Can Any Hotel Sale Really be Used as a 'Comparable'?
By David Chitlik Vice President - Hospitality Tax, Altus Group | November 20, 2016
A hotel is not the same as a house or a warehouse or an apartment or office building, and assessors often don't understand why. The hospitality sector is frequently the most challenging part of a jurisdiction's property tax base. The only way to derive a hotel's real property value from a purchase price is for an assessor to spend time and energy understanding the adjustments needed to accurately determine what part of that purchase price relates to real property and whether or not it can be used as a sales comparable for other hotels in that jurisdiction.
Too few assessors are willing to make this effort. They are more likely to look at sales of nearby hotels just like they would home sales. They are either unwilling to investigate, or indifferent to, underlying factors that determine overall sales prices. It's easy for the assessor to believe that if a full-service hotel sold for $300,000 a room, then every full-service hotel in the area should be valued at $300,000 per room.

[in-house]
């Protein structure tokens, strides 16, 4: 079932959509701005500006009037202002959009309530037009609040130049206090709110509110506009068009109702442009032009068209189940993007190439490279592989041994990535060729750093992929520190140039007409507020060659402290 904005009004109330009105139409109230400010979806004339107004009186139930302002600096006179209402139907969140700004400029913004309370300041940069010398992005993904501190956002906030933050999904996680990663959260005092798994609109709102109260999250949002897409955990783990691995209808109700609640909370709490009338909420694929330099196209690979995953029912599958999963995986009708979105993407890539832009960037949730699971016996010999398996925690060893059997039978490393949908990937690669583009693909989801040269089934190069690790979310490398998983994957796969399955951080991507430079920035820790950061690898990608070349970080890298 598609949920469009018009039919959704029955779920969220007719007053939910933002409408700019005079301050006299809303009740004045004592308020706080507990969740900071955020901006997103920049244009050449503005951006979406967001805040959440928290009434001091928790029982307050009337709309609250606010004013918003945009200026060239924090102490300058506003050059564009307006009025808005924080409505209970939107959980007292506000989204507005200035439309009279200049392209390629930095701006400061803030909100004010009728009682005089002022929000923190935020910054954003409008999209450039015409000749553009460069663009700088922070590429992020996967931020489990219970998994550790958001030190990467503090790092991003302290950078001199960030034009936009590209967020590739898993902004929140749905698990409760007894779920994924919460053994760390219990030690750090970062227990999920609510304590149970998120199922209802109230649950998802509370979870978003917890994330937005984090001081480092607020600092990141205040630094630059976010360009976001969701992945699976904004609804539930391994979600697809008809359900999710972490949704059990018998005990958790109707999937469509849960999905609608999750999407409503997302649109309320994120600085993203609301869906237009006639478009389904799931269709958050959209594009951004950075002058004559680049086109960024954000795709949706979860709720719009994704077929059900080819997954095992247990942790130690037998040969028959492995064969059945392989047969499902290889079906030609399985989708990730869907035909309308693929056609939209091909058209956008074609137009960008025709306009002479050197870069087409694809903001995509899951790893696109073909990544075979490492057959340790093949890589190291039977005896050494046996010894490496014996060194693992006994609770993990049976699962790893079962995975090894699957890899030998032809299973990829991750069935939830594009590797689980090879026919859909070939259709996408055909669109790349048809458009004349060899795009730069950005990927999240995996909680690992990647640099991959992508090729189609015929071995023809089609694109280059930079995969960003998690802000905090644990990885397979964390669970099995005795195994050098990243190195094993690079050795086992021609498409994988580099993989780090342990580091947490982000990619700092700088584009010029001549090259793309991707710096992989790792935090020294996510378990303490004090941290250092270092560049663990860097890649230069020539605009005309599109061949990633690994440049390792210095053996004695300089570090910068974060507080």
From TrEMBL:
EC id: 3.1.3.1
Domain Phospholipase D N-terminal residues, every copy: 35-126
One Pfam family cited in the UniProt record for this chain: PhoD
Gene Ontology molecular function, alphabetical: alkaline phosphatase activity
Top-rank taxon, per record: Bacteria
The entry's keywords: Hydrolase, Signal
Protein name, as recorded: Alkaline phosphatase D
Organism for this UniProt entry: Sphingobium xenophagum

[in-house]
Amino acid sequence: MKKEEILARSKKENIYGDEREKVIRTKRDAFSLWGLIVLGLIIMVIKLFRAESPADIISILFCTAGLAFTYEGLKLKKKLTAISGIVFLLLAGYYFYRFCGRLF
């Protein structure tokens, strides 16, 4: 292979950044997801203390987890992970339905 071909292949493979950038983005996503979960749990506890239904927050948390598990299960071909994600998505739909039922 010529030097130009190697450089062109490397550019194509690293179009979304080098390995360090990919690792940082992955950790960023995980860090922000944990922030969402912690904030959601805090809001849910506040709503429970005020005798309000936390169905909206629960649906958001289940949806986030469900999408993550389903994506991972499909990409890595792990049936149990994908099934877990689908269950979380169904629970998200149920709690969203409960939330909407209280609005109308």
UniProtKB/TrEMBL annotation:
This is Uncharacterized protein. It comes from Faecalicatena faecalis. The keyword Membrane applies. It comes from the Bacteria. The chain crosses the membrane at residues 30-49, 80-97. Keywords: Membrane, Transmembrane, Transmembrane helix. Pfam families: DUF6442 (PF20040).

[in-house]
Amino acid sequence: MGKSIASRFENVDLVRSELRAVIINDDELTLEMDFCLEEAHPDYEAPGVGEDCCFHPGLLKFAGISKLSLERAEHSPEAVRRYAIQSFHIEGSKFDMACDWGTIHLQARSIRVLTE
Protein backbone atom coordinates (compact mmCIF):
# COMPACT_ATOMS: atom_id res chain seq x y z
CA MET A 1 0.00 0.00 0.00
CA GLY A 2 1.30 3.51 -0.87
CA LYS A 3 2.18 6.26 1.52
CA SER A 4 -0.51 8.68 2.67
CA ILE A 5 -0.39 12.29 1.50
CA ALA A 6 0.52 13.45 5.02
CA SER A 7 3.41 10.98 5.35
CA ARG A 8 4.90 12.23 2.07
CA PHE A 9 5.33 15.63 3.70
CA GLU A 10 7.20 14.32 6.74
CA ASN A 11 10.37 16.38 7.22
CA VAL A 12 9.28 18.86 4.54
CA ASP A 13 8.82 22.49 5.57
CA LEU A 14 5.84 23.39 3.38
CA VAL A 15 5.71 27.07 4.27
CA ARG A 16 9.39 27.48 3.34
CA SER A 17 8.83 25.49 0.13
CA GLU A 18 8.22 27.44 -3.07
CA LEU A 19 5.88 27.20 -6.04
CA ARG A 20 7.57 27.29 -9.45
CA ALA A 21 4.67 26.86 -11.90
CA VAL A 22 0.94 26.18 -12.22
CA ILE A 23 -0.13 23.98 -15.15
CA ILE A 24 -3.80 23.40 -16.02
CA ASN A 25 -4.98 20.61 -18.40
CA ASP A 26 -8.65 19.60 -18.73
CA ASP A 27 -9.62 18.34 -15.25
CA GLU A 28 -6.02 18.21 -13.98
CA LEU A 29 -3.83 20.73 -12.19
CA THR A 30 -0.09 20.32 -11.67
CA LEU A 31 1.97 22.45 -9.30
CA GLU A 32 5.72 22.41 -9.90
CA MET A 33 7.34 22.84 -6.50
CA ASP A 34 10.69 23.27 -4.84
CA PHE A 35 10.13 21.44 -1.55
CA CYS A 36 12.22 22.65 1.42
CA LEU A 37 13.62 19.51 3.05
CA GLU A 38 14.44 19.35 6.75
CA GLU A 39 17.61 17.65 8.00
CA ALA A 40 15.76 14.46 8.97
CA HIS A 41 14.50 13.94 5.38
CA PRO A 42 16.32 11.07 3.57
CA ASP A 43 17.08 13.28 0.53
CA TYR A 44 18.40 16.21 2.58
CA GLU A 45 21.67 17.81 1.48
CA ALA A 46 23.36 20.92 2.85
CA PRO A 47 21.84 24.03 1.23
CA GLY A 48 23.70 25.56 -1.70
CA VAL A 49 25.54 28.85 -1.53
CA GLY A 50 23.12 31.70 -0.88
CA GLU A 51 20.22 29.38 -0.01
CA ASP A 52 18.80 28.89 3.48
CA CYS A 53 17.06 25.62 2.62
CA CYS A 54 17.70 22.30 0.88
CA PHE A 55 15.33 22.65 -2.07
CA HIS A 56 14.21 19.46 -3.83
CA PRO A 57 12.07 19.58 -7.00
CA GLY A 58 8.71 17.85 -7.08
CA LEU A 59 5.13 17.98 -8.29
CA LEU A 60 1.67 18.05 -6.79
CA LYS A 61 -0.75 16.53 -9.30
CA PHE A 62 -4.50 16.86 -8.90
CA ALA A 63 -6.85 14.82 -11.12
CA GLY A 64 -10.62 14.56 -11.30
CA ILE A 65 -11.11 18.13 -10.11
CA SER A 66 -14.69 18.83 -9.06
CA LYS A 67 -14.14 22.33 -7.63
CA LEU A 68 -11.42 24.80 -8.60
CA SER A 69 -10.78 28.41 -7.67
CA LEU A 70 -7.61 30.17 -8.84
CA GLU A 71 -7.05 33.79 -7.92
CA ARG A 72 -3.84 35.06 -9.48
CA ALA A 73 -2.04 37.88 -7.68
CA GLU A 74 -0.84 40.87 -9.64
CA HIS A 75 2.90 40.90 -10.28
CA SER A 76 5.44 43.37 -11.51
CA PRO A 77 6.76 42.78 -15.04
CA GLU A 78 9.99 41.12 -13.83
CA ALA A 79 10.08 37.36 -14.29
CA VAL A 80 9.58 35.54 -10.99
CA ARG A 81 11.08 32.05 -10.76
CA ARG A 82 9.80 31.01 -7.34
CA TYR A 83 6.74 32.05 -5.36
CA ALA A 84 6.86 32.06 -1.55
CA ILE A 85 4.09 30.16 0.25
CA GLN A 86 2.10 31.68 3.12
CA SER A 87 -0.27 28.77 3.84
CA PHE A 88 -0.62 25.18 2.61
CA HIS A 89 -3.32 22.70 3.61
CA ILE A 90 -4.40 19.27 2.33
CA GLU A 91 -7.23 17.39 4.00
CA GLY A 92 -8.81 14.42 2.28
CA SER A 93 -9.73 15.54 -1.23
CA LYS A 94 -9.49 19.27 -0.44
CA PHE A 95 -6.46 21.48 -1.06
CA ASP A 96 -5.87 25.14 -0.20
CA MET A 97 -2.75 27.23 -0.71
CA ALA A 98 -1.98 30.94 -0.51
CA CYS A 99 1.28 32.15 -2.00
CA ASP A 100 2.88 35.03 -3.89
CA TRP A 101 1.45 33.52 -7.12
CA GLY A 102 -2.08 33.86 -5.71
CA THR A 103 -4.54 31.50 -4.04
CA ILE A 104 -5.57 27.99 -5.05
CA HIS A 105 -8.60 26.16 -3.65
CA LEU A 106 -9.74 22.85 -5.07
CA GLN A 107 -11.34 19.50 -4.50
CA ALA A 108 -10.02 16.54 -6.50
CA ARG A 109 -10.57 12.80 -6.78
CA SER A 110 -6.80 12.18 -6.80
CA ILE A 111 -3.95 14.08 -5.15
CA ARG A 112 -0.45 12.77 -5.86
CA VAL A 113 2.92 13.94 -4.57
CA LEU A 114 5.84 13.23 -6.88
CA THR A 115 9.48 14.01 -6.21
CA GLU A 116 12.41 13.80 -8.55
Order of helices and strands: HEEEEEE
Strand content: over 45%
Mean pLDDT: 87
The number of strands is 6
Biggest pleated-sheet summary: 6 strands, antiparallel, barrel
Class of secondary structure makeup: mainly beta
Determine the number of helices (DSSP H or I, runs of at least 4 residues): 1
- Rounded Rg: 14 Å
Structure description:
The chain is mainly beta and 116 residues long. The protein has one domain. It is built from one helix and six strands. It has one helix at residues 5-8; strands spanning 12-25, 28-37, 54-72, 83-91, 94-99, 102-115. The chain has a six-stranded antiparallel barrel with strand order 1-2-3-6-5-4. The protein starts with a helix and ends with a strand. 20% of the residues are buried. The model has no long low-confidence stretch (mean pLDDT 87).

Not necessarily. In fact, that is not likely true at all. A hotel sale typically includes several elements that make it unique in the market. Those elements should pose questions that assessors need to answer to help make adjustments before a sale can be deemed reliable for use in a comparability analysis. Some of those questions should include:
Was the hotel sold as part of a portfolio transaction?
That's been the case for
most sales over the past decade or so. But if the portfolio included hotels
in New York, Boston, Washington, Los Angeles, San Francisco and other
higher-priced destinations, it's not likely it can be used to accurately
determine room values in Chesapeake, Va., or Macon, Ga. Without talking to
the seller and/or buyer, it's unlikely assessors will understand adjustments
needed in using the portfolio hotel sale to set the value of other
hospitality properties in the area.
Was the hotel sold to a Real Estate Investment Trust (REIT)?
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